Recent Statistics On Skiing And Snowboarding Injuries
18 Aug 2014
With the Australian ski and snowboarding season in full swing, I’m sure many medical and health practitioners are seeing patients with injuries sustained up on the slopes.
Skiing and snowboarding does have a reputation of being a risky sport, but the overall injury rate for skiers is a little lower than you may expect with 3 injuries per 1000 skier days (1)(2). Put another way, if you ski 20 days a year, on average you’ll sustain an injury every 16-17 years. Snowboarders have a higher injury risk with a reported 4-16 injuries per 1000 snowboarder days (3).
There have been a number of studies that have looked at the incidence and severity of ski and snowboarding injuries, and in general skiers tend to sustain more knee injuries whereas snowboarders are more vulnerable to injuries of the upper limb. The most recent paper to look into this was published in the Scandinavian Journal of Surgery this year (4), and the authors retrospectively analyzed all the injuries sustained at the Levi Ski Resort in Finland over a 6-year period (2006-2012). This study reported a slightly lower rate to previous statistics with an overall injury rate of 1.97 per 1000 skier days. Maybe the Finish ski and ride a little more safely, are more experienced, or maybe improvements in equipment technology (bindings, wrist guards etc) and resort safety measures (slow signs, safety netting etc) are having an impact.
A breakdown of the statistics is interesting, with skiers injuring themselves mainly on-piste (72%), to a lesser extent terrain parks (19%), whilst on a ski lift (6%), and skiing off-piste (3%). Snowboarders had a similar spread but with a higher incidence of terrain park injuries (25%), and less whilst on ski lifts (3%).
Anatomical locations of injuries were similar to previous studies with the bulk of injuries to skiers being to the lower extremity (42%), most of which were the knee. Injuries were also noted for the upper extremity (34%), head (15%), and spinal column (6%). Respective figures for the snowboarders were lower extremity 17%, upper extremity 59%, head 12%, and spinal column 9%. Sixty one percent of the upper extremity injuries to snowboarders were to the wrist, hand or thumb.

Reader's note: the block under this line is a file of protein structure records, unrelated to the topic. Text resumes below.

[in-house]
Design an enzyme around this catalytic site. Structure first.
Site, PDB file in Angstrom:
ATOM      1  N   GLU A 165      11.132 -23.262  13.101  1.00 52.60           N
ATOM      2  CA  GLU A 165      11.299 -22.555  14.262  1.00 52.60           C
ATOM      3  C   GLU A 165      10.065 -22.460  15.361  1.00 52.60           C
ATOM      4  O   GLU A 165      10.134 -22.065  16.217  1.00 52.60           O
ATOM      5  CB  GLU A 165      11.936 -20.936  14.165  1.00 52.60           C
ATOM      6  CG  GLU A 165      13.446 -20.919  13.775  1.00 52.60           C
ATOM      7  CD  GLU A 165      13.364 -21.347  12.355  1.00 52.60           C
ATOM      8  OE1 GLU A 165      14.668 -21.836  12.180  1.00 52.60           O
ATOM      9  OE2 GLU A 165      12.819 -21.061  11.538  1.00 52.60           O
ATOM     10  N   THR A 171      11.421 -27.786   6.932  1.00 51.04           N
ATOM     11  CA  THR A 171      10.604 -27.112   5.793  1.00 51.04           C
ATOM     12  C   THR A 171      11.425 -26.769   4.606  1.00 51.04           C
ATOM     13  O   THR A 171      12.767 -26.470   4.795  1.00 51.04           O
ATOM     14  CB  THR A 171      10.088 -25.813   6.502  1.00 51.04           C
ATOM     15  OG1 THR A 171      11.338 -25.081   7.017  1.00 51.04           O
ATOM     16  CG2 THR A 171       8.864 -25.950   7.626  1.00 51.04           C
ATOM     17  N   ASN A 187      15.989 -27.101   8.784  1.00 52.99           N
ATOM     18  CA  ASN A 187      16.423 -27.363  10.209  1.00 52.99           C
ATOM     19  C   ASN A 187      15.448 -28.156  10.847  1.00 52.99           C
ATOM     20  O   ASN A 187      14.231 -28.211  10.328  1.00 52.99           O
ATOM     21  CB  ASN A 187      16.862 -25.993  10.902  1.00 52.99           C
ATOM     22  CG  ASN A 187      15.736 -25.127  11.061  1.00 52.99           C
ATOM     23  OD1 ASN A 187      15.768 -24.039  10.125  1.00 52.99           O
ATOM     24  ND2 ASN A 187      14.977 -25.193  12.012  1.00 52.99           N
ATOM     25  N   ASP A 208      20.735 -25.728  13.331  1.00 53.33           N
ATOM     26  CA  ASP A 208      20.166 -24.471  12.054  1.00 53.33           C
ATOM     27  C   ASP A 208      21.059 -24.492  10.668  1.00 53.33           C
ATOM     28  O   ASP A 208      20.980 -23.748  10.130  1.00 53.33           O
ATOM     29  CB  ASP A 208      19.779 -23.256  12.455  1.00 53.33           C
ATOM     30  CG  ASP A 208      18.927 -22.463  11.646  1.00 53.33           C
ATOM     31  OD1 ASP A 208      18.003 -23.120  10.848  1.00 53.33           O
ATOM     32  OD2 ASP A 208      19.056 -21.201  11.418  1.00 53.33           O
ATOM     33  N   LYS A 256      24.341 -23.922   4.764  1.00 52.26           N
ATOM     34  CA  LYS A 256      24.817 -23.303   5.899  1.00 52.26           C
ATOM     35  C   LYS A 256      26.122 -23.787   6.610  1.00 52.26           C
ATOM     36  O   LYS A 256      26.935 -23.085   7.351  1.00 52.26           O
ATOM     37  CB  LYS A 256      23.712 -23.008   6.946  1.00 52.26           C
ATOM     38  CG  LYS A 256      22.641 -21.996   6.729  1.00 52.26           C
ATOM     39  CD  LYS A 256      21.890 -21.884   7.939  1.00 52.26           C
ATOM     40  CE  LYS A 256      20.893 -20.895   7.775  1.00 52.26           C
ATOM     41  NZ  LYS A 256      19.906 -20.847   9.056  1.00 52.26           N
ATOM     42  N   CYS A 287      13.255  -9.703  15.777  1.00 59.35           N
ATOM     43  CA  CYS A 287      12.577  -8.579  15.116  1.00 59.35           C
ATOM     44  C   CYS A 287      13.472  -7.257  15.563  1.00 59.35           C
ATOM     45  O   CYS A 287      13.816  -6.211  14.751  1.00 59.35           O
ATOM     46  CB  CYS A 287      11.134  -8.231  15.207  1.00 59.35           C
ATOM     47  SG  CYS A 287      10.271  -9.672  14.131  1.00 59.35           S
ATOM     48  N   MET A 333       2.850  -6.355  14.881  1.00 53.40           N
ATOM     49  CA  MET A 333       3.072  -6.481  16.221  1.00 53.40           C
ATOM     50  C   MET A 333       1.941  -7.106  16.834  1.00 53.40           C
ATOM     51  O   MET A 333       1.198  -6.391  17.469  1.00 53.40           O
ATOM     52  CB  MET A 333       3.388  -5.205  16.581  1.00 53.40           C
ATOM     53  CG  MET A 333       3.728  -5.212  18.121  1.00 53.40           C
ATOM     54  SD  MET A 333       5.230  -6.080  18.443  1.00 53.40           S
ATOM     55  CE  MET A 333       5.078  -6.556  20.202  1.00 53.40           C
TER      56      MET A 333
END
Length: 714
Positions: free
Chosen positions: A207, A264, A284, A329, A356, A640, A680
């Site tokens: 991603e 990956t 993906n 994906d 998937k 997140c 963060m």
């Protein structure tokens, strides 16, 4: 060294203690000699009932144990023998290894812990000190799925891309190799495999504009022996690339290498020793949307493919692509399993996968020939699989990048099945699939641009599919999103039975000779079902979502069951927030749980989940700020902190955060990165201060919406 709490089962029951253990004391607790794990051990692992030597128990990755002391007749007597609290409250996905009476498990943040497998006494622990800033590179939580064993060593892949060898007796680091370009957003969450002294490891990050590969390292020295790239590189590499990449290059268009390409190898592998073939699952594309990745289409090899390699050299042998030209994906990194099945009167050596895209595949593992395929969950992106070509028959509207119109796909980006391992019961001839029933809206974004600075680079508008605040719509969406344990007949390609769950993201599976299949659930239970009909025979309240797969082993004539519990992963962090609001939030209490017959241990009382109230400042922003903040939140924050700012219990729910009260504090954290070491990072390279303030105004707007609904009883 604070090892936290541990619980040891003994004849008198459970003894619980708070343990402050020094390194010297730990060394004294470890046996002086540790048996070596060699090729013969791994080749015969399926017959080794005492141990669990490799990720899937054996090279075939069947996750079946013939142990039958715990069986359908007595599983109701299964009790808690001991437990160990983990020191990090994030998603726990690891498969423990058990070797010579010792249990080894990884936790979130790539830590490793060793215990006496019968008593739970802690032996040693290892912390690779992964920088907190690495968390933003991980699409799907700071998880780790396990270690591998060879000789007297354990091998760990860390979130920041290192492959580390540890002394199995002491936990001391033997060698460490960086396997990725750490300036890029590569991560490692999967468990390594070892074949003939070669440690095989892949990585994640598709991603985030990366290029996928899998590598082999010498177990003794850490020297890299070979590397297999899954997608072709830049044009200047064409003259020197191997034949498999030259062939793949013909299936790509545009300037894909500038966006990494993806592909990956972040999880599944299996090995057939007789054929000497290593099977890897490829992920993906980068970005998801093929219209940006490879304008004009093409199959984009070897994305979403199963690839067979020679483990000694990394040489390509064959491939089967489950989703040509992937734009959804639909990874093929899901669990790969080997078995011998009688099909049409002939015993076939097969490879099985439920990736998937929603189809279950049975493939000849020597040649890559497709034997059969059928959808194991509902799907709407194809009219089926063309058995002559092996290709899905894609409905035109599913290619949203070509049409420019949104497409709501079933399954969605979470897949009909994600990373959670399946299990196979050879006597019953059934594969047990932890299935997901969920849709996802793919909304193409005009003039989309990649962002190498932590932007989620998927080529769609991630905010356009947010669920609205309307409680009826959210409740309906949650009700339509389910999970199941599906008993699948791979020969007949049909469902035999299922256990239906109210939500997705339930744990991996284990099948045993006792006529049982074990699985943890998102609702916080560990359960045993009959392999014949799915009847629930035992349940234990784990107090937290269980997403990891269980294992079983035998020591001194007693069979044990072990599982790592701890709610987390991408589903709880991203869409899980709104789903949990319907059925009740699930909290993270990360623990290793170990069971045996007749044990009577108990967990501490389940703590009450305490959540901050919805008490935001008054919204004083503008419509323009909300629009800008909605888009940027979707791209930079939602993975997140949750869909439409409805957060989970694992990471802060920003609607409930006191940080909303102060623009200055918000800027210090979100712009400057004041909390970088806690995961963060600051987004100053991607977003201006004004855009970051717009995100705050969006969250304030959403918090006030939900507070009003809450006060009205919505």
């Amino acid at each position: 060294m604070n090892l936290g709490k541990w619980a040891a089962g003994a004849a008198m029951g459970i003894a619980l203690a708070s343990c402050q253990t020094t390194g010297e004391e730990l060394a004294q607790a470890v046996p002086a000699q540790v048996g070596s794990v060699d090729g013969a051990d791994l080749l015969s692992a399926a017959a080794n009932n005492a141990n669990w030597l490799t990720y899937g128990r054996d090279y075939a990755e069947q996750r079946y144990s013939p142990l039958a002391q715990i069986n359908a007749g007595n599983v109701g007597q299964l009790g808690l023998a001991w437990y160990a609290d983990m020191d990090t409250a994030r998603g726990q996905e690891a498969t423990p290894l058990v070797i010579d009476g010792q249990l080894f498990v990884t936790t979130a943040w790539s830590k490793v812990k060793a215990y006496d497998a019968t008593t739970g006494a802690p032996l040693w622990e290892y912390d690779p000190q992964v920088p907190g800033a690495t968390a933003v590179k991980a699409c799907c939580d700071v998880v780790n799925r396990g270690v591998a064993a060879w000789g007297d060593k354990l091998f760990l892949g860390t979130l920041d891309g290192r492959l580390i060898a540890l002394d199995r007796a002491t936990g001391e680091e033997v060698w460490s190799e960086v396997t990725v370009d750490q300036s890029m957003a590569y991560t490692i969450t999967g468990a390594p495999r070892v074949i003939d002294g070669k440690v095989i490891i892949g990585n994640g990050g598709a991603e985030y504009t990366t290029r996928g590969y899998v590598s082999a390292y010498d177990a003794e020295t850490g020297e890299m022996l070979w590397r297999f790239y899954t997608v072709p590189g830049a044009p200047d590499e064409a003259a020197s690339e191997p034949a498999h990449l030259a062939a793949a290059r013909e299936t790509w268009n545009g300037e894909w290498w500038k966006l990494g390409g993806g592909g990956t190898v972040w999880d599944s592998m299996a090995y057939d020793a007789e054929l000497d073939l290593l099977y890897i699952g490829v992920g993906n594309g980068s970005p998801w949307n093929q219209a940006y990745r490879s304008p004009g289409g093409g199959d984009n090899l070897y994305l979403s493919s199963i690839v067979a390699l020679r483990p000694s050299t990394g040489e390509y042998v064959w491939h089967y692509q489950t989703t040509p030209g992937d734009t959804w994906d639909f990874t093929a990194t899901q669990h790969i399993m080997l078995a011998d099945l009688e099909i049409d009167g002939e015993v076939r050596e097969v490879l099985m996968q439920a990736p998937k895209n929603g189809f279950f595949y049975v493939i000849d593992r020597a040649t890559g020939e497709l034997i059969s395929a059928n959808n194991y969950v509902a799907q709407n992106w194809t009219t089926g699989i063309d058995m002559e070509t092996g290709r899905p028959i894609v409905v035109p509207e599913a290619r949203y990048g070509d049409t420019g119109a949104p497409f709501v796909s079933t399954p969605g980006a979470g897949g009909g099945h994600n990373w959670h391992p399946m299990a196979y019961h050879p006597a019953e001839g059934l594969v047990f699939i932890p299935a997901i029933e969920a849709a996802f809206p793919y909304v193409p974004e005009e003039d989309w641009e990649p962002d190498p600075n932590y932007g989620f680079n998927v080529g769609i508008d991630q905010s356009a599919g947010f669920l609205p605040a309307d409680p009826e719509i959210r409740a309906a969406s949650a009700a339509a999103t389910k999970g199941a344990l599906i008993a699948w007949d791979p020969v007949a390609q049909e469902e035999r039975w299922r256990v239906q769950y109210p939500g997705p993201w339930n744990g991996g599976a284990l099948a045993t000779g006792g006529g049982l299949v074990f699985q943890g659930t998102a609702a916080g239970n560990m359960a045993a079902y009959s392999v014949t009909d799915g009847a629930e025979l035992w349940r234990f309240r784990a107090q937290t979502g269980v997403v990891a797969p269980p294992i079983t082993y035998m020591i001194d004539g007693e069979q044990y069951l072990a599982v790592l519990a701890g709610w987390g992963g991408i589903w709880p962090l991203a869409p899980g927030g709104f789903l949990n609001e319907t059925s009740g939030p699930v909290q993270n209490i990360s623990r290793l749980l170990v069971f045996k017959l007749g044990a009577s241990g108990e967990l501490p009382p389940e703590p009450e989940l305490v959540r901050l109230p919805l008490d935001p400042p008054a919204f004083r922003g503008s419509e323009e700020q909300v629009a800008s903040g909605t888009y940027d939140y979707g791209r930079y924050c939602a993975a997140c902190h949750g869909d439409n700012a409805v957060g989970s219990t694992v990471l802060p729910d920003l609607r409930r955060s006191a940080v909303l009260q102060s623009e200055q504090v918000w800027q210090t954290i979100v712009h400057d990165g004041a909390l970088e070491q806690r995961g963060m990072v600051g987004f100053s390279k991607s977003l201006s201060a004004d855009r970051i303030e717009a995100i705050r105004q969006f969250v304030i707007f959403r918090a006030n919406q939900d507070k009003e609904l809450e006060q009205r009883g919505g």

Most injuries (about 75%) for both skiers and snowboarders occur either by falling down or loss of control during a jump, with only between 3%-8% occurring by collision with other skiers or riders. This statistic I feel is the most important as it highlights the fact the skiers or riders themselves’ are at fault. Poor fitness, poor selection of terrain or conditions, poor judgement of one’s ability, or poor maintenance of equipment would be factors in many injuries I’m sure. The take home message is that many skiing and snowboarding injuries are preventable.
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Johnson B, Ettlinger C, Shealy JE: Update on injury trends in alpine skiing. J ASTM Int 2009;17:11-22
Davidson TM, Laliotis A: Alpine skiing injuries – A nine year study. West J Med 1996;164(4):310-314.
Abu-Laden RB: Snowboarding Injuries: An analysis and comparison withy alpine skiing injuries. CMAJ 1991;145:1097-1103.
Stenroos A, Handolin L: Incidence of recreational alpine skiing and snowboarding injuries: Six years experience in the largest ski resort in Finland. Scand J Surg 2014;0:1-5.
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